The question of who can benefit under Inheritance Laws, will depend on whether a person has left behind a valid Will or not.
If a person has left behind a valid Will, then the people named as beneficiaries in their Will, generally inherit the assets left to them in the Will. The exception to this is where there is a family provision claim made on the Estate of the deceased.
In New South Wales, a family provision claim can be made by an eligible person who believes that, the deceased did not provide adequate provision, for their proper maintenance, education or advancement in life. People eligible to make a family provision claim are:
– Spouses and de facto partners;
– Ex spouses and de facto partners;
– Children of the deceased;
– A person who was wholly or partly dependent on the deceased at any time and is either a grandchild of the deceased or a member of the deceased’s household; and
– A person with whom the deceased was living in a close personal relationship at the time of their death.
When a family provision claim is successful, then the Court can make an order that, the person who made the family provision claim receive money, or assets, from the Estate or that their original inheritance from the Estate be increased.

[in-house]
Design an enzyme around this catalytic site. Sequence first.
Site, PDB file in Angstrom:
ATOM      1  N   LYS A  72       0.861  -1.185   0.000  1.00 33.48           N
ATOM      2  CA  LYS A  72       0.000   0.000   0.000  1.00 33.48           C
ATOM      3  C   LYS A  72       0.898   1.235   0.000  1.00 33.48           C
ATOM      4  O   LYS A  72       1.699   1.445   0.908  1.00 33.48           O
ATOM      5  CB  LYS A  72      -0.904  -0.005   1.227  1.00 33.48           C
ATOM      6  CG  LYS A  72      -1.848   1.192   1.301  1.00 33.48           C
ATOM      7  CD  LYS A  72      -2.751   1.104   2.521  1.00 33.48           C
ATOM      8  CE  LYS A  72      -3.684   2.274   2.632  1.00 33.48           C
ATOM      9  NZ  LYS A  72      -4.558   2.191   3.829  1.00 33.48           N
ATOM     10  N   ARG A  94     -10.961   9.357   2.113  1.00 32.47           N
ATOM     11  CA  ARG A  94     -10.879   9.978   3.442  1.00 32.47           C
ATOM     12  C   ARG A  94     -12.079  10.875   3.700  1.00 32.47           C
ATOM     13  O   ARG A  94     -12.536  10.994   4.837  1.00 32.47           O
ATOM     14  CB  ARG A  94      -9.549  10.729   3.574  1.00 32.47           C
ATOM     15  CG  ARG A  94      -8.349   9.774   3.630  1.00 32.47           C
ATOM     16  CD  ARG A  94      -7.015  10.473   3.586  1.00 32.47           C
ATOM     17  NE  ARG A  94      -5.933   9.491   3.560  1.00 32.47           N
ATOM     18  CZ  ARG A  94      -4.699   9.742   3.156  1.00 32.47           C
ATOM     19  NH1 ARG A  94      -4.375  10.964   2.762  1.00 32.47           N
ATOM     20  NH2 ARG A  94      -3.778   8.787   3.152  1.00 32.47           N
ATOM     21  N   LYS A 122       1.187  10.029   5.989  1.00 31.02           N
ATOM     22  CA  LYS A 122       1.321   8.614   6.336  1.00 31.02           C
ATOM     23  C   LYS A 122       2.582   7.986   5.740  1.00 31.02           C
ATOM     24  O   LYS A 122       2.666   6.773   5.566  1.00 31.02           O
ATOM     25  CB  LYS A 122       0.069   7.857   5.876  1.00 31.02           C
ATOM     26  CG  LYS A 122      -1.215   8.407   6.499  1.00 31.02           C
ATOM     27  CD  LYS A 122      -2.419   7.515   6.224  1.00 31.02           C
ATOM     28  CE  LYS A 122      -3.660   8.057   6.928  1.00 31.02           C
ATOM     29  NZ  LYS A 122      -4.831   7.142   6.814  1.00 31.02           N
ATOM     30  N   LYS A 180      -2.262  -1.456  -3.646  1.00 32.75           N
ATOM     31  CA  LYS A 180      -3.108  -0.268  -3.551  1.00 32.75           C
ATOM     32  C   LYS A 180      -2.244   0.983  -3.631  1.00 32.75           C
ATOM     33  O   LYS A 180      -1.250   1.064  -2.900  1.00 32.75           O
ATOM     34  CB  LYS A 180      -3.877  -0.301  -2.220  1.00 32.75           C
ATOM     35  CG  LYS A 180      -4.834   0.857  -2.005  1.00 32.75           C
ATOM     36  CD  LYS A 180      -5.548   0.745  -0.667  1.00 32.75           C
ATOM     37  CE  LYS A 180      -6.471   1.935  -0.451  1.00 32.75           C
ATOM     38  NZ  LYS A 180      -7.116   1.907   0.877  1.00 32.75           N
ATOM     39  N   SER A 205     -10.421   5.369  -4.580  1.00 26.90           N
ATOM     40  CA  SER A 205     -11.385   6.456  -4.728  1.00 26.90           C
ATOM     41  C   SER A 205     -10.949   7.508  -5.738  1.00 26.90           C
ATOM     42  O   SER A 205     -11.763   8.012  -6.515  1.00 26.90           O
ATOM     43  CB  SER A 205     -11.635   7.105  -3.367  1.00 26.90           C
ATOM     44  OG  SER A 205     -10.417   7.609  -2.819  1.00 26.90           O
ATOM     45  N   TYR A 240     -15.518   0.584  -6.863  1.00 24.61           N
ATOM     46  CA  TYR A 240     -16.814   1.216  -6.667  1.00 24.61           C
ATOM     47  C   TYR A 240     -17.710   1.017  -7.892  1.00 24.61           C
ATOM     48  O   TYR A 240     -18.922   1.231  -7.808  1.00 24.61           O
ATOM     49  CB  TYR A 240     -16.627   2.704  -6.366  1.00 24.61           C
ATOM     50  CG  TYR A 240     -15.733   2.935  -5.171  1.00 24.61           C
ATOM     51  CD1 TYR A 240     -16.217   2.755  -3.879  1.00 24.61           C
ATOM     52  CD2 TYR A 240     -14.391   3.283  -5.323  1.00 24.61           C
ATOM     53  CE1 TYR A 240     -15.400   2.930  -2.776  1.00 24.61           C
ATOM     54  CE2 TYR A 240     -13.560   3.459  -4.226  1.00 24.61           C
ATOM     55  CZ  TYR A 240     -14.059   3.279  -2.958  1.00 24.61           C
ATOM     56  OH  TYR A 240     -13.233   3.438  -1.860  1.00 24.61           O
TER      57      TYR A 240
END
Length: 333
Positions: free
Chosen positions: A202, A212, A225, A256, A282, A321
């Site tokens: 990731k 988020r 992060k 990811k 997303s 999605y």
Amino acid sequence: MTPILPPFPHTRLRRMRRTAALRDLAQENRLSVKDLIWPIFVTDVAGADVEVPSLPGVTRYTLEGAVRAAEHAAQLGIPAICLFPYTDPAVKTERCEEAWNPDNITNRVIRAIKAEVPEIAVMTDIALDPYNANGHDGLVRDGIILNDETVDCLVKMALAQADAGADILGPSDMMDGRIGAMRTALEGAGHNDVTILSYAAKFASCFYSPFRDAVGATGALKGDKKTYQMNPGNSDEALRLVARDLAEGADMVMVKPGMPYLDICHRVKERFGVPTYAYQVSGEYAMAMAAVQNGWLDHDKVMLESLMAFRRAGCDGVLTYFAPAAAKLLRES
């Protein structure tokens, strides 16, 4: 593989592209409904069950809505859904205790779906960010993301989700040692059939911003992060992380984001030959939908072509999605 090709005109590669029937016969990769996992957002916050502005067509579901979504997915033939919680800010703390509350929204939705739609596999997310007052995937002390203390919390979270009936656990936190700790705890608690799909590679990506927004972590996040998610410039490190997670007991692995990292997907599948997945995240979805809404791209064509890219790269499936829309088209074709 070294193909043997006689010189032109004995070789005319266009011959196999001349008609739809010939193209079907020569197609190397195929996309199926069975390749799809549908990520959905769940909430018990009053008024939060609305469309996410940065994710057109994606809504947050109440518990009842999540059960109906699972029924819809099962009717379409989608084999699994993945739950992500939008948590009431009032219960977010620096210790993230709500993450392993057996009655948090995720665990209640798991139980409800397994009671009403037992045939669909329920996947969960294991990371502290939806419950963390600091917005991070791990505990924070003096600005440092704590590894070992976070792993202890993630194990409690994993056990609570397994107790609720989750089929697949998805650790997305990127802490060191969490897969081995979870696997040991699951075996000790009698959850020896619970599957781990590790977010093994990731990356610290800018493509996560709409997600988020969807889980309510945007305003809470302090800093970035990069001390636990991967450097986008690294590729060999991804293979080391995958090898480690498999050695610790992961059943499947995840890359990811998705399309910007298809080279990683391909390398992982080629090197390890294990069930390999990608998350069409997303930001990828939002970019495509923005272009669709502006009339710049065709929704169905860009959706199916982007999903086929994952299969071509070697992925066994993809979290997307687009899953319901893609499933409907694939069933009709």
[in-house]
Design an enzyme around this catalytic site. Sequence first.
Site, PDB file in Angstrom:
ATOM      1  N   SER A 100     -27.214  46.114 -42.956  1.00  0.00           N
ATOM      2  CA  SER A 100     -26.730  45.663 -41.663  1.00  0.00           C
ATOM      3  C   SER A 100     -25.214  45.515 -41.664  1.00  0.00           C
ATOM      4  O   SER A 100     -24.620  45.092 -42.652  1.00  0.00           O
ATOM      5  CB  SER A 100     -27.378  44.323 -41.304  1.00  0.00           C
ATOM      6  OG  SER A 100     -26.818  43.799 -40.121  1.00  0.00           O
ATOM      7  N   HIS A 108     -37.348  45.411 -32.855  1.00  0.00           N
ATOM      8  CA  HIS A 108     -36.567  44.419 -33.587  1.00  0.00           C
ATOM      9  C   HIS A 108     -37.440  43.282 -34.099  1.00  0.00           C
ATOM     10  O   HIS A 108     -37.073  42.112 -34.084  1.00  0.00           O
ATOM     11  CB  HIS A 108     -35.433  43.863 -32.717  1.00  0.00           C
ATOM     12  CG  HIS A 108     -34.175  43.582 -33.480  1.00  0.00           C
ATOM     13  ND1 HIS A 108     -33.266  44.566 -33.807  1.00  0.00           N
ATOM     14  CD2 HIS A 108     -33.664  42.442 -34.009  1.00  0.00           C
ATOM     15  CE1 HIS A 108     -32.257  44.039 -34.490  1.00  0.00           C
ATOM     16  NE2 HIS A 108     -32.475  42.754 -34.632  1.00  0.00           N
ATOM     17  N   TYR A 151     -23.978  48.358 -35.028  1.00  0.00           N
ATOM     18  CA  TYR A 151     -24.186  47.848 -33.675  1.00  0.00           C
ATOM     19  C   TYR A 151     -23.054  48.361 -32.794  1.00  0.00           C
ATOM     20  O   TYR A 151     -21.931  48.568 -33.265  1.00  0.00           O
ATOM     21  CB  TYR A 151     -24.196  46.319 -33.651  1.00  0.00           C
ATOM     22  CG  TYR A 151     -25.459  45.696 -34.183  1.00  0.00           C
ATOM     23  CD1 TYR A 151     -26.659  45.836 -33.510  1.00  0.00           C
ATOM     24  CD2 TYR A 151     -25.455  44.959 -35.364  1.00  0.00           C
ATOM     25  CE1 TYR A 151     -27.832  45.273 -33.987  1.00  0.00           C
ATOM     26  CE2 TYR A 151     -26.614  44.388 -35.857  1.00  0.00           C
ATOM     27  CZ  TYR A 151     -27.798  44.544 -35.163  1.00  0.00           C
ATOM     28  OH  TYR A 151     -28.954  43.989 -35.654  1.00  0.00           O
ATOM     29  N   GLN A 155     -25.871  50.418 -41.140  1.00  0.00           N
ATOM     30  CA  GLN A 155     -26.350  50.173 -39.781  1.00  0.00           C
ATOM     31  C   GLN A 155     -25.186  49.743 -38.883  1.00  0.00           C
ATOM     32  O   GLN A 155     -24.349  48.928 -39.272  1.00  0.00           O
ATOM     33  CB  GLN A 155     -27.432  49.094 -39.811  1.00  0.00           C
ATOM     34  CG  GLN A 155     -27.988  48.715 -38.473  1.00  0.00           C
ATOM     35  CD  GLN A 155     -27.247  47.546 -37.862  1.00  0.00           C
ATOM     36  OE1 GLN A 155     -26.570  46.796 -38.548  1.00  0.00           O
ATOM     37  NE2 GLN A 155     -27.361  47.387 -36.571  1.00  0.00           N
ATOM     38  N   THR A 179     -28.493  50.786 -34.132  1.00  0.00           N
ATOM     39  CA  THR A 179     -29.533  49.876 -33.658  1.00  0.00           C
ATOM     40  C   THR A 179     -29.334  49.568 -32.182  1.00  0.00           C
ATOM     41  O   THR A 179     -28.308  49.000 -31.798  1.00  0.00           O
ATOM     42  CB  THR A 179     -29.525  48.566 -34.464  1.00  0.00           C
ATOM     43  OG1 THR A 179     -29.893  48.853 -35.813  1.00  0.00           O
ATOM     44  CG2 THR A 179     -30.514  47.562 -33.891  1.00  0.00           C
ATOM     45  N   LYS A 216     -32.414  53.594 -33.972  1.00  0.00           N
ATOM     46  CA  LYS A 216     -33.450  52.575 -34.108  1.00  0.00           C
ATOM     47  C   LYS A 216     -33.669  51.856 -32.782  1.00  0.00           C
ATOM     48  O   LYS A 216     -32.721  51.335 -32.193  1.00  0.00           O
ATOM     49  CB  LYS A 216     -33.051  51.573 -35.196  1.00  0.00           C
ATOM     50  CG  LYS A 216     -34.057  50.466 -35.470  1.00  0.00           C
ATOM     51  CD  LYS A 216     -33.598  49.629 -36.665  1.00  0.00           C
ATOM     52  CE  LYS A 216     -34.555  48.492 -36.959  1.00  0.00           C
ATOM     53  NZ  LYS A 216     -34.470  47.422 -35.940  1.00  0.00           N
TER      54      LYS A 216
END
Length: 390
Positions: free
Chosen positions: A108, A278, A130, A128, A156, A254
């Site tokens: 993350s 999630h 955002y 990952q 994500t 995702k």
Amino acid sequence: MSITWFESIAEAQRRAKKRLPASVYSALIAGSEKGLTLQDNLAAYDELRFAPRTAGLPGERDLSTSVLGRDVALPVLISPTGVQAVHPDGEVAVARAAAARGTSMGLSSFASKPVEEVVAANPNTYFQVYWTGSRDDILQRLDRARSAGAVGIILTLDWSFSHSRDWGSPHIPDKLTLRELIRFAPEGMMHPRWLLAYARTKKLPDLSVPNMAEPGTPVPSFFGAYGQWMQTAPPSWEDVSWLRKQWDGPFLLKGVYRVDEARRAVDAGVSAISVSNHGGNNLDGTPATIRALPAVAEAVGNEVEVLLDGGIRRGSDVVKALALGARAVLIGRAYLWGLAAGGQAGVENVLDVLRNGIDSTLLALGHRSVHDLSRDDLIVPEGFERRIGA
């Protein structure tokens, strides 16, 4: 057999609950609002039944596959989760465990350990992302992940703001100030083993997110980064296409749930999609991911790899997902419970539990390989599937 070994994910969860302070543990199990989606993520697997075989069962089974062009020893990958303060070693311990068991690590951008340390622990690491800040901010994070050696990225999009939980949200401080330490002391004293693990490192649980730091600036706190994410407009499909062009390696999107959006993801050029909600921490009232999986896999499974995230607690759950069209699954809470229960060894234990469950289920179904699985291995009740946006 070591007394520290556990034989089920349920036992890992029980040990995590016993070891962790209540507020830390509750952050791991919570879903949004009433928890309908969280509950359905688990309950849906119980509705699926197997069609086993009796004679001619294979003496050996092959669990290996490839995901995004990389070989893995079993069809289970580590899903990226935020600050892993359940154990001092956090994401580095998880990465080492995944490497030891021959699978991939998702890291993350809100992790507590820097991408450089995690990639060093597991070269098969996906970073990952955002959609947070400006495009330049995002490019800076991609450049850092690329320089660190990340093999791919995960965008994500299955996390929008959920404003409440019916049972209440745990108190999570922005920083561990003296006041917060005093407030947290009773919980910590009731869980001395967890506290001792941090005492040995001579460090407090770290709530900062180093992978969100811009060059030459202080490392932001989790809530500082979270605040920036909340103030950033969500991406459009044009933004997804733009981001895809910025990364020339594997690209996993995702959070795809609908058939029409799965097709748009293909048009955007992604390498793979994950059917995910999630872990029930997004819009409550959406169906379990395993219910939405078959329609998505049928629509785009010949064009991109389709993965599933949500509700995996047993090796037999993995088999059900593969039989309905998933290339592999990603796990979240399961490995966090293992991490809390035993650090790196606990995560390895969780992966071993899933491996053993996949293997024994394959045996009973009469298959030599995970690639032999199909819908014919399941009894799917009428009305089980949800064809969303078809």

In the event that a person dies without a valid Will, then the Rules of Intestacy will be applied, to determine who will receive an inheritance from the Estate.
The Rules of Intestacy set out a strict formula on how the inheritance is to be distributed including:
– If the person left a spouse but no children then, the spouse will inherit the whole of the deceased Estate;
– If the person left a spouse and children with the spouse then the spouse will inherit the whole of the deceased Estate;
– If the person left a spouse and children with another person then the spouse will inherit the deceased’s personal effects, a statutory legacy and one half of the remainder of the deceased Estate;
– If the person left more than one spouse but no children then the spouses share the deceased Estate equally;
– If the person has no spouse but does have children then the children are entitled to the whole of the deceased Estate in equal shares;
– If the person has no spouse and no children then the person’s parents are entitled to the whole of the deceased Estate in equal shares;
– If the person has no spouse, no children and their parents are also deceased then their brothers and/or sisters are entitled to the whole of the Estate in equal shares;
– If the person has no spouse, no children, no parents and no brothers or sisters then their grandparents are entitled to the whole of the Estate in equal shares. If no grandparents then it goes to any surviving aunts and uncles.
For more information and to discuss your claim, including family provision claims and the Rules of Intestacy, speak to an expert lawyer who understands the rules of inheritance.
Graeme Heckenberg has been practicing in Wills and Estates for over 25 years and is an expert in his field. Get an appointment close to home, request a consultation in our Avalon office today. Coveniently situated for those clients living on the Northern Beaches or surrounding peninsula.
Call today on 9221 0341 or email firstname.lastname@example.org
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